U.S. Pat. No. 3,995,120 of Pachynski, Jr., entitled "Digital Time-Division Multiplexing System" describes a multiplexing scheme wherein N parallel digital signals having an average bit rate of frequency F1 are interleaved by a multiplexer to form a single composite line of bit rate F2. Prior to multiplexing signal gaps having a predetermined duration and having a fixed repetition rate are inserted into each of the N parallel signals. Adding gaps to each digital signal permits the bit rate between gaps to be F2/N.
U.S. Pat. No. 4,593,390 of Hildebrand et al. entitled "Pipeline Multiplexer" illustrates a method of multiplexing a selected one of m initial input signals that comprises N stages of select elements.
FIG. 1 is a logic diagram of one embodiment of the present invention where the delay time of the crossing from one device to the other is in the range c/2≧z>0.
FIG. 2 is a timing diagram of the operation of FIG. 1.
FIG. 3 is a logic diagram of another embodiment of the present invention where c2<z≦c.
FIG. 4 is a timing diagram for FIG. 3.
FIG. 5 is an alternative embodiment where the transmission rate of the driver can be changed.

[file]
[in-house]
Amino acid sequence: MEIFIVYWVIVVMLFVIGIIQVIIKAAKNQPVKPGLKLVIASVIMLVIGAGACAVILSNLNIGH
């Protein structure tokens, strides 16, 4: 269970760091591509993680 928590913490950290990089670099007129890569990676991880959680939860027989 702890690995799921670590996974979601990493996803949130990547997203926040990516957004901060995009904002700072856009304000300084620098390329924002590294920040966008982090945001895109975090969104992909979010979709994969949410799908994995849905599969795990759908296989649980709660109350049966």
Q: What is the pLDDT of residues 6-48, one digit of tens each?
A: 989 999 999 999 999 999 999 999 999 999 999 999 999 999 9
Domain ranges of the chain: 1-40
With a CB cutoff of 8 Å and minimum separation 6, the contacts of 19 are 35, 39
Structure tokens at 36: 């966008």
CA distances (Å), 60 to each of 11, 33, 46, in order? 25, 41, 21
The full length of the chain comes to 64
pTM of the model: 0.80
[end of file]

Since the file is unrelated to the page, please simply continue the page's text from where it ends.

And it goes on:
FIG. 6 is a timing diagram of the driver in FIG. 5 in a single speed selectable mode.
FIG. 7 is another simpler embodiment where the transmission rate of the driver can be changed.
FIG. 8 is a timing diagram of the driver output of FIG. 7.
In accordance with one embodiment of the present invention, data signals from a first and second source are clocked at a first data rate to a multiplexer for switching the data alternately between the two sources. The selector control signal generated is a double frequency of the clocking rate of said data signals. The selector control signal is generated with an XOR gate and a first latch with inverter input and a second latch with inverter input where the output of the latches are coupled to the XOR gate and fed back to the inverter input. A clocking signal at said first clocking rate is applied to said first latch and a skewed clock signal that is delayed one-half a clock cycle is applied to the second latch.
There are two different schemes disclosed that may be used depending upon the amount of delay between a sending and receiving chip. One scheme typically just transfers two pieces of data in one cycle. The second scheme actually stores data on the wire so that two distinct pieces of data are being transferred on the connecting wire at any given time.
FIG. 1 illustrates the configuration where the minimum delay time of the crossing from one device to the other device minus the integral number of machine cycles is between zero and one-half the machine cycle time (0<z≦c/2) where z=y-n*c.
Assume the following definitions:
c=the cycle time of processor
y=the minimum time delay of chip crossing
n=a non-negative integer
z=y-n*c (note that z is greater than or equal to 0)
As mentioned above, the FIG. 1 is used whenever 0<z≦c/2.